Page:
‘Phoney war’ Brexit negotiations. The real ones haven’t started yet, but posturing has. Mr Cameron is no longer welcome in Brussels, but what are the 27 discussing and preparing? What differences are there? Where is the room for manoeuvre to see if the progressive food thinking in the UK can get help? Which model of the negotiations will be followed? Will the UK adopt existing EU regulations? Or will we junk them all? Or, in the case of food, will we adopt the default position of retreating to WTO standards (in which case Codex Alimentarius Commission standards become the UK’s)? I hope not!
Timing. The Conservative Party Brexiters are sending out different signals. Some want Article 50 quickly, and to begin the 2 year severance process immediately. Others want to delay it. The departed Mr B Johnson was in the latter pragmatic camp. Mrs May appears to be a hard liner. This matters. Will we have shorter or longer uncertainty and destabilisation? What are the right wing think tanks saying? The lack of Plan B by Bremainers was embarrassing, and betrayed their arrogance in my view, but the vacuum from Brexiters is shocking and now they’ve won, it is frankly scary.
Politics. For at least 2-3 months, the focus will be on the Party leadership battles. But in Scotland and Northern Ireland, different foci exist. Spain has already furiously rejected Scotland’s floating of gaining EU membership; it fears a precedent for Catalonian independence. What splits do we see likely? Where are our allies, and where our enemies? By this I mean who will work for a more just, sustainable food system, and who will use Brexit to take us backwards?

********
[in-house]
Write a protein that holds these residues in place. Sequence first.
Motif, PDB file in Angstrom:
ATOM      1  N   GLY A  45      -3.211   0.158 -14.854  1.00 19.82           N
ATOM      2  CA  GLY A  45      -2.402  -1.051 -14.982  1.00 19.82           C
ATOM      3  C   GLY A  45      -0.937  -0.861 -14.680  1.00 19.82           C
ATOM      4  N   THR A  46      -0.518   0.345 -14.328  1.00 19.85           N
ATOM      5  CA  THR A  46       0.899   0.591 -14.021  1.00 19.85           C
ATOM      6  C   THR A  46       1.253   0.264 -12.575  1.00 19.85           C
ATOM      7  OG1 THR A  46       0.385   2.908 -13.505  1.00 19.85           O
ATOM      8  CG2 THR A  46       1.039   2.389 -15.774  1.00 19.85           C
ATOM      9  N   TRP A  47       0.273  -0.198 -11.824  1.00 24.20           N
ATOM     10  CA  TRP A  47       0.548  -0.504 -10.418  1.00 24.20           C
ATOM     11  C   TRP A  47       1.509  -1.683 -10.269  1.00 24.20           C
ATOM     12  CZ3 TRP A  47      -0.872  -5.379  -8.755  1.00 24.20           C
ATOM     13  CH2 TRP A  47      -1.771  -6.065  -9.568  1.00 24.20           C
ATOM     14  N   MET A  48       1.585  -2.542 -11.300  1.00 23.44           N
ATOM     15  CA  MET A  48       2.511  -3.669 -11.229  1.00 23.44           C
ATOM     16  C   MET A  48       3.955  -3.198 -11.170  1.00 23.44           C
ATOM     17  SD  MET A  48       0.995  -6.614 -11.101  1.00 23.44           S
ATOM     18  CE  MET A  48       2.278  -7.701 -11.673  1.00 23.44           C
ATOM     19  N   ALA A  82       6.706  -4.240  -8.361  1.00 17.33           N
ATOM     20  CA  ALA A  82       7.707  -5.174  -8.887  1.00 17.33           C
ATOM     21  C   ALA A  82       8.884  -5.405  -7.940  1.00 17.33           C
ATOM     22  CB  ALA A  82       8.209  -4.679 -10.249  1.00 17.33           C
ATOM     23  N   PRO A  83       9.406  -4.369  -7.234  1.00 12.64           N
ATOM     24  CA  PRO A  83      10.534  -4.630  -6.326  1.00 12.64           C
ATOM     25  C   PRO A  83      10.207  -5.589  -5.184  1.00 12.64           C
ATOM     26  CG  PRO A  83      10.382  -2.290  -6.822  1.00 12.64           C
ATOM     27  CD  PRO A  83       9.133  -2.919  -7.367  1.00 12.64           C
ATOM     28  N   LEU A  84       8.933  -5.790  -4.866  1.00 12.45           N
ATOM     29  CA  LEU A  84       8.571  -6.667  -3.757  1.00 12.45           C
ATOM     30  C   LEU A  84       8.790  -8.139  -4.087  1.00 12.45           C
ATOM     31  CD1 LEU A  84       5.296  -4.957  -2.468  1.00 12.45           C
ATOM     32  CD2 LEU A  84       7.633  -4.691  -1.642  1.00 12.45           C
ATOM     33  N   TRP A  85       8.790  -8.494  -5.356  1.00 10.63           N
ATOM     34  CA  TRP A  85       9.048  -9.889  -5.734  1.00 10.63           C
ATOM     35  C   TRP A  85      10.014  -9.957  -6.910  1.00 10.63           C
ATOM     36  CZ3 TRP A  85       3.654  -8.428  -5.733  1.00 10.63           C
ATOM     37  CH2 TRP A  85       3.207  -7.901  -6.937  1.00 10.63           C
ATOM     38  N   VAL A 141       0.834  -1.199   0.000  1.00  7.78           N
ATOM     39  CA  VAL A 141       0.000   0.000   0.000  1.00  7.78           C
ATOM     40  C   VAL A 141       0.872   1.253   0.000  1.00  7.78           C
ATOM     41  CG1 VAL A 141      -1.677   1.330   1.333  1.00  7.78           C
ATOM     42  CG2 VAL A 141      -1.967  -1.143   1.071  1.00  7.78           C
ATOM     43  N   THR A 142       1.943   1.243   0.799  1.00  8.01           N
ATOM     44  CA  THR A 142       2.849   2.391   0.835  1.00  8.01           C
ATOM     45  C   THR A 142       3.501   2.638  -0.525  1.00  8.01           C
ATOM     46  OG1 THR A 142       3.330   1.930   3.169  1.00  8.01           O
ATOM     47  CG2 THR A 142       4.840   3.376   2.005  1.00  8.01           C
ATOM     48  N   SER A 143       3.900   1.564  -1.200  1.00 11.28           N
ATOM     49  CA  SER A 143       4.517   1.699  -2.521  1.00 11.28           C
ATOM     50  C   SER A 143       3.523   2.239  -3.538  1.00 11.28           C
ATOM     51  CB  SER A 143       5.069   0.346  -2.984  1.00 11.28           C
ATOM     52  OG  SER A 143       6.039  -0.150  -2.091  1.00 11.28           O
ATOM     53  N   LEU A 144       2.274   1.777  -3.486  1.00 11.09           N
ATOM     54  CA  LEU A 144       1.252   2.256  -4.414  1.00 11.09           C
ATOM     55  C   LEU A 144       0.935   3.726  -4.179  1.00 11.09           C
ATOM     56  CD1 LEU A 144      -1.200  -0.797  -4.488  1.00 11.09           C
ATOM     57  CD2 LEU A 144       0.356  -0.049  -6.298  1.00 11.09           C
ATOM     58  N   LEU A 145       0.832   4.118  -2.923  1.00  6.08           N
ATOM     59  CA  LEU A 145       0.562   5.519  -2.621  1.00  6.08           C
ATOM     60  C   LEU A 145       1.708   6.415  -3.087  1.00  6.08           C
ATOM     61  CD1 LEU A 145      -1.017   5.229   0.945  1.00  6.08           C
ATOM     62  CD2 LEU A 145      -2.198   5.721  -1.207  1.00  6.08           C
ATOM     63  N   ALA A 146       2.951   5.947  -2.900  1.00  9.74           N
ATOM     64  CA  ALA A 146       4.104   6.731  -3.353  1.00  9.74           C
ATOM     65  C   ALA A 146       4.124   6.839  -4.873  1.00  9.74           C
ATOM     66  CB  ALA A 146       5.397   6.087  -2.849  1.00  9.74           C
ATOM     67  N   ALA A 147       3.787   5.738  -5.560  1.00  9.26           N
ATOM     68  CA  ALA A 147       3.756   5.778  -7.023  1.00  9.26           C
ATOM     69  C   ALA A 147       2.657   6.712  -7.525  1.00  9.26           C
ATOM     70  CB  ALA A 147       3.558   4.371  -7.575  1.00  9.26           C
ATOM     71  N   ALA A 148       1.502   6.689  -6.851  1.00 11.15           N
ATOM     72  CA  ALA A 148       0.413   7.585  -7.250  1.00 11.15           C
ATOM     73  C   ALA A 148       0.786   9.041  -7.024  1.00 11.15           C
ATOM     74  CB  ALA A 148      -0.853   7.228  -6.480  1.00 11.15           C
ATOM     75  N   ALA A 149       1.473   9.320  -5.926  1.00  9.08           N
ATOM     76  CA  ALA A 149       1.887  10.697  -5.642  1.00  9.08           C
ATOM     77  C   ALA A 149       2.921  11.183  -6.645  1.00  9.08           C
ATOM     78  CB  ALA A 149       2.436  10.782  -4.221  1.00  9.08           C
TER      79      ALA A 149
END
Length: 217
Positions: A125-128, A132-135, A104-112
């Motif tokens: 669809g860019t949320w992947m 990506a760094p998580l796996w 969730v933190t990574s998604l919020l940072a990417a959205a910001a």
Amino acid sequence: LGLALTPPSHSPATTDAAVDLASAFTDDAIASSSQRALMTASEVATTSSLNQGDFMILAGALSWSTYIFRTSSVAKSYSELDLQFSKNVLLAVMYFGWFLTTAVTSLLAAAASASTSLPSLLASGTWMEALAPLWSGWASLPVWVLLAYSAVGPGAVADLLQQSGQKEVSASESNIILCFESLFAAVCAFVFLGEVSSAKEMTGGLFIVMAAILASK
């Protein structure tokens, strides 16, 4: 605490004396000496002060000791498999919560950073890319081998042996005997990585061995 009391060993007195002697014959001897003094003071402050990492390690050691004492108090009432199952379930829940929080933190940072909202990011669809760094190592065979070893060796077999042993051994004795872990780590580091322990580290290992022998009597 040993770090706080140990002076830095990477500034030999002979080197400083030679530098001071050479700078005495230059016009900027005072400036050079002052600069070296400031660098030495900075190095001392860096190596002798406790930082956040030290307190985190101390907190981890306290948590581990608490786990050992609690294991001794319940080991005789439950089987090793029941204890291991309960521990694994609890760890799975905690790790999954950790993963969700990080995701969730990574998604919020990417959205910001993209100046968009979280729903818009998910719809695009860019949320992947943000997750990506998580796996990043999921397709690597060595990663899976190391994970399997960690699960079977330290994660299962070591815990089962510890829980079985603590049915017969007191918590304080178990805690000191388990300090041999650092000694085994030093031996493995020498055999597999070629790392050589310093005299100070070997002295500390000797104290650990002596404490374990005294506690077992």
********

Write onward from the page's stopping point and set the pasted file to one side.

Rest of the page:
UK food supply. Part of the appeal tapped by Brexiters was that exit would mean the UK ‘takes back control’ but what does this mean in a country which is heavily dependent on imported food? In our FRC papers we cite UK Government statistics. The latest Defra Agriculture in the UK (May 2016) says we are 61% self-sufficient.27 Other Government stats quoted in our FRC Brexit or Bremain? paper put it lower at 54%.28 A recent study by a team in Aberdeen found the UK actually has an even higher hidden impact by using other people’s land and emissions.29
Follow the money. This is a basic rule. If you want a quick digest of where the UK consumer’s food money goes, have a look at the new (May 2016) update of the Defra annual: Agriculture in the UK.27 This shows that consumers spend £201bn a year. Farming gets little. Manufacturing, retailing and catering vastly more. Much small farming or dairy farming is kept afloat by EU CAP subsidies. The NFU is deeply worried about this loss. It will be pushing for simple transfer of subsidies. But those keep land values up. Is this what we want ahead? Should the UK do a New Zealand, and take the chance to cut all subsidies?30 Horticulture – the good news for health, and heavily reliant on foreign born labour – receives no subsidy, yet should be vastly expanded. And what about introducing new thinking on the gap between high and low paid food work?